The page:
Despite national and state efforts to raise tobacco taxes, increase awareness of cigarettes’ health risks, and ban smoking in public places, the decline in smoking in the United States has slowed dramatically over the past five years, according to a report released today by the US Centers for Disease Control and Prevention.
“The decline was very gradual,” CDC director Dr. Thomas Frieden said in a media briefing. “But those who smoked heavily fell substantially,” he said, while the number of light smokers, who smoked half a pack a day or less, increased.
In 2010, an estimated 19.3 percent of Americans smoked, down from 20.9 percent in 2005. The percentage of smokers who puffed on nine or fewer cigarettes a day rose to 21.8 percent in 2010 from 16.4 percent in 2005, while the percentage of heavy smokers — 30 or more cigarettes per day — fell from 12.7 percent to 8.3 percent.
Still, health officials emphasize that light smokers also face the health hazards of heart disease, lung cancer, and strokes. “The latest research leaves us less impressed with the health benefits that people accrue from cutting down on smoking ,” said Dr. Tim McAfee, director of the CDC Office on Smoking and Health. “We see much more dramatic benefits from people quitting altogether.”
Massachusetts has enjoyed a pretty steady decline in smoking rates over the past five years — from 18.1 percent in 2005 to 14.1 percent in 2010 — as have most of the other New England states.
Smoke-free laws enacted in Mass. seven years ago and a high cigarette tax — which currently stands at $2.51 per pack — may have contributed to the drop. These efforts, as well as support for those who wish to quit and education on smoking’s risks, all help to drive down smoking rates, said Friedan.
“There’s a misperception that we’ve reached an irreducible minimum for smoking rates, and that’s very far from the truth,” he added. “We know it’s possible to drive down tobacco rates substantially more than we have already.”
While the CDC recommends that states fund smoking cessation programs with 10 to 15 percent of their revenue generated each year from tobacco company settlement funds and cigarette taxes, only one state, North Dakota, met that recommendation. Massachusetts spent just $4.5 million on programs like anti-smoking advertising campaigns and toll-free quit lines in 2011 – barely 5 percent of the CDC’s recommended amount.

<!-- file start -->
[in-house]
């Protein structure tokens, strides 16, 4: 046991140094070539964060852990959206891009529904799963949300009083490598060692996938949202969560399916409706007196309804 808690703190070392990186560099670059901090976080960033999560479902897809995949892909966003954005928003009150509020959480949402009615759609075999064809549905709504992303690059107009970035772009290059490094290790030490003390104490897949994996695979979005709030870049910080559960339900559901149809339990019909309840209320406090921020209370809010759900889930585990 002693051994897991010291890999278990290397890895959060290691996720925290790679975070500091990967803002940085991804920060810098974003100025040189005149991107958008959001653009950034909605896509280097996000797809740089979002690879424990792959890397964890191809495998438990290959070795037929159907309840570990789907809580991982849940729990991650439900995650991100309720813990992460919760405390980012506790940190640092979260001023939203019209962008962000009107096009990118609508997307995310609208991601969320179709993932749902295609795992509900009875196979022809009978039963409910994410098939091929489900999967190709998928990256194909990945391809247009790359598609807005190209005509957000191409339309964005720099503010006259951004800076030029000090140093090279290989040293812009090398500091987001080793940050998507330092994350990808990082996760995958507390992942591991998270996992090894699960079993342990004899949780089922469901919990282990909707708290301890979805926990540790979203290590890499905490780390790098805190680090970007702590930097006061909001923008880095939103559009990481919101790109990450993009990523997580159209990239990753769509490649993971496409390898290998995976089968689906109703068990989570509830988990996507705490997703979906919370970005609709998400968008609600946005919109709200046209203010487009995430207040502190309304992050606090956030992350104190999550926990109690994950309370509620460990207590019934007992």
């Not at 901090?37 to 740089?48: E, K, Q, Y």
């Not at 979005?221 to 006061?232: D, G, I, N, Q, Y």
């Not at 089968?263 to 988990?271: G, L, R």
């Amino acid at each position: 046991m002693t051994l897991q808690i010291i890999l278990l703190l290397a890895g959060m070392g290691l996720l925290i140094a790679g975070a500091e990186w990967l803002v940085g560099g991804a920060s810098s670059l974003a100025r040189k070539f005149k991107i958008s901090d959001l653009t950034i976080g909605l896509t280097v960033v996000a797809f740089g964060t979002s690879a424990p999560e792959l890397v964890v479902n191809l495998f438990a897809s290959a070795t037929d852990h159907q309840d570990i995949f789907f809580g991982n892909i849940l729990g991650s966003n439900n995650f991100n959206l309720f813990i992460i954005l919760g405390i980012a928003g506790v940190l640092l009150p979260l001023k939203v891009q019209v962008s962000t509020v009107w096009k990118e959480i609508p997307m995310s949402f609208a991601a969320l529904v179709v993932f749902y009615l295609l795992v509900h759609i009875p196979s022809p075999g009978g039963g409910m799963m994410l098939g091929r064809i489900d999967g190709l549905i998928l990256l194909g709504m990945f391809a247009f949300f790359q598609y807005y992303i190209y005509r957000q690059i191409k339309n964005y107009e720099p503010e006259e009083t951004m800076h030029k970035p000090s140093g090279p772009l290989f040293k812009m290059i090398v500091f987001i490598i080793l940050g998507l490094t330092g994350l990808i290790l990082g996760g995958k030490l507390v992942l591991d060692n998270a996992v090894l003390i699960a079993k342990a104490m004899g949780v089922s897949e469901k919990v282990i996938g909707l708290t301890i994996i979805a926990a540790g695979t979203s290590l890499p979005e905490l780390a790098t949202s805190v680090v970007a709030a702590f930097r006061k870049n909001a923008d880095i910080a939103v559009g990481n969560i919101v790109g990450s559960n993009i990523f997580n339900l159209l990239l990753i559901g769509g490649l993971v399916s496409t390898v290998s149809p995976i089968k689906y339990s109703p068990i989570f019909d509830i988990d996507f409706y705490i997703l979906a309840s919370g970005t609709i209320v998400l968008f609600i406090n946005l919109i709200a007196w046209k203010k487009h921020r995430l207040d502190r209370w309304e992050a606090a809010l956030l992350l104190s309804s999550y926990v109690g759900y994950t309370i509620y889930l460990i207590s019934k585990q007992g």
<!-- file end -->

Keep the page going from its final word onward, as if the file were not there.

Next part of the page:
The federal government has set a goal to lower national smoking rates down to 12 percent by the year 2020, which looks highly unlikely given that smoking rates in many tobacco-growing southern states hover well above 20 percent. In Kentucky, nearly 25 percent of residents still smoke — similar to the rate in Massachusetts back in the late 1980s.
Smoking regulations in southern states are far more lax than in other parts of the country. On the flip side, California – one of the first states to implement anti-smoking laws more than a decade ago – has one of the lowest smoking rates in the nation: 12 percent
But laws can’t completely fix the problem. McAfee said cigarette taxes appear to be having less of an impact than expected due to discounts implemented by the tobacco industry in the form of cheaper prices per pack or coupons mailed directly to consumers. And Friedan added that CDC studies have shown that cigarettes have become more addictive in terms of how they’re designed to deliver more nicotine per puff – which can make it more difficult for smokers to quit.